Cotton made headlines when he wrote the open letter to Iranian leaders in March, which was signed by 46 of his Republican Senate colleagues and aimed to intervene in President Barack Obama's nuclear negotiations with Iran.
Wilson served as Cotton's adviser on foreign policy and national security, as well as on veterans, judiciary and trade issues according to her bio. She also worked in the offices of two other former House Republicans, Donald Manzullo and Aaron Schock, both of Illinois, between 2009 and 2013.
Wilson is engaged to another Hill staffer, David Stern, Rep. Bob Dold's (R-Ill.) deputy chief of staff and legislative director.
We spend a large part of our days looking at data. Documents often come in by the dozens and hundreds. And while most are boring - how interesting can staring at a phone directory or salary records be, for example? - we find daily reasons for interest, amusement or even concern packed in the documents. So we are launching a new running feature that we call "Caught our Eye."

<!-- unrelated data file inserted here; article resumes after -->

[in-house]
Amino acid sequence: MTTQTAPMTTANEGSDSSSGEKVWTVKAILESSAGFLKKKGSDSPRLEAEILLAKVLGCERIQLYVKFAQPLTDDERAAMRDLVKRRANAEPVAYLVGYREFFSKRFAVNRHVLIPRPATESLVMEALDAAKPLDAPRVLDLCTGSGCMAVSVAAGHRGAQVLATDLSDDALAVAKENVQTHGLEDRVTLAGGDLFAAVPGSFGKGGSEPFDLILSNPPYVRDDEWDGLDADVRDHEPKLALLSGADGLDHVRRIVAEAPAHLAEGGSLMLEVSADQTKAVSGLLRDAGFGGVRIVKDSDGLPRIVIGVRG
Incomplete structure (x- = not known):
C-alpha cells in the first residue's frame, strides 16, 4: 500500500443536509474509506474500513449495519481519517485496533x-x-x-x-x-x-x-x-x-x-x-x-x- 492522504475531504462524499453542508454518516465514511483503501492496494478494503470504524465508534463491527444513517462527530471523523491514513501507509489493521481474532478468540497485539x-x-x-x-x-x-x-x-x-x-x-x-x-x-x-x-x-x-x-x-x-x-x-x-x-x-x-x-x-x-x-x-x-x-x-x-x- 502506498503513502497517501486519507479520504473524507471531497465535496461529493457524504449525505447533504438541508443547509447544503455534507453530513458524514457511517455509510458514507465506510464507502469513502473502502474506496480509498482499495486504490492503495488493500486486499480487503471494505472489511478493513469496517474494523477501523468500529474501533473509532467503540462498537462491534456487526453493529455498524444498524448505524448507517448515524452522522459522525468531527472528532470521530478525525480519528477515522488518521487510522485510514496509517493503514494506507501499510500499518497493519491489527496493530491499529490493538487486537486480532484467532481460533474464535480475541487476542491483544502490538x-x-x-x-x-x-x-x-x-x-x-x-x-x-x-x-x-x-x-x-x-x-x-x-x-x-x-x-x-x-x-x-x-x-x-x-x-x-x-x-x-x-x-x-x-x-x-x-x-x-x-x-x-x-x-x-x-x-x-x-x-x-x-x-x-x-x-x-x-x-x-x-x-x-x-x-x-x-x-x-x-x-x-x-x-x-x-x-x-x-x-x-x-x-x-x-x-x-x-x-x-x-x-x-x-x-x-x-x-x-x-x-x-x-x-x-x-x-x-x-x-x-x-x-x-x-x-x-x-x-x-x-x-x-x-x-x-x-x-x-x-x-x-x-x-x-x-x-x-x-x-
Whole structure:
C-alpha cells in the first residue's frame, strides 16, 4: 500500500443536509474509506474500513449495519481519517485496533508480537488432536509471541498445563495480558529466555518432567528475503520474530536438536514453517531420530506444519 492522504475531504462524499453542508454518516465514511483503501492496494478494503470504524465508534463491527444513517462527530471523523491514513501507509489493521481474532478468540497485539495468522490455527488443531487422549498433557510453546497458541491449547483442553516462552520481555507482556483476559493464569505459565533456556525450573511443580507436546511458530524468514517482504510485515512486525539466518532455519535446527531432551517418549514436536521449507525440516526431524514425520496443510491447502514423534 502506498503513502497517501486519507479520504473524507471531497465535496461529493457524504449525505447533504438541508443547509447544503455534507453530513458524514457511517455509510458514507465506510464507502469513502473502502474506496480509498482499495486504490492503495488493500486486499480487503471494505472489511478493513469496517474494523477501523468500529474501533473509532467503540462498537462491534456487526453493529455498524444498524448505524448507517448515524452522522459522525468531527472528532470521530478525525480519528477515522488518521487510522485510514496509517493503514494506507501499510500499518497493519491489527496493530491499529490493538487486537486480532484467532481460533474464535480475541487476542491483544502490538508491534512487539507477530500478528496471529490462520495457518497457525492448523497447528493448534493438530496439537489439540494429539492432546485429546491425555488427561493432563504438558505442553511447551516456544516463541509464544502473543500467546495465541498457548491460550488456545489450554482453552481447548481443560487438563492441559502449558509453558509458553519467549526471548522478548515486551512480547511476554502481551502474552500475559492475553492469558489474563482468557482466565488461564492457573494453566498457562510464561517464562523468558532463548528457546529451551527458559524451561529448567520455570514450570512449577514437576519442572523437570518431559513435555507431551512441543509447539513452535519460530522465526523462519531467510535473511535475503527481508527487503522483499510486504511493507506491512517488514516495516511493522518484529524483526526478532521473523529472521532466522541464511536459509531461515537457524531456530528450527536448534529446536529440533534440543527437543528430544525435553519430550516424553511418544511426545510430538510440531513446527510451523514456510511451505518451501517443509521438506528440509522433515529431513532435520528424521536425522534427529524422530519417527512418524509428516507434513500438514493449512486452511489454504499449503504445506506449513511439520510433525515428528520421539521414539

Longer than tweets but shorter than most blog posts, Caught our Eye items will bring back the interest in reviewing documents and researching people. Some items might bring hard, breaking news. Others will raise eyebrows and lead some into further inquiry. Others might be good for a joke or two around the water cooler. All will enlighten about the people or workings of Capitol Hill.
Caught our Eye items will be published each morning for LegiStorm Pro subscribers. Non-Pro site users will be able to receive the news items a few hours later. In addition to having immediate access to the news, LegiStorm Pro users will have a handy way to search and browse all past items.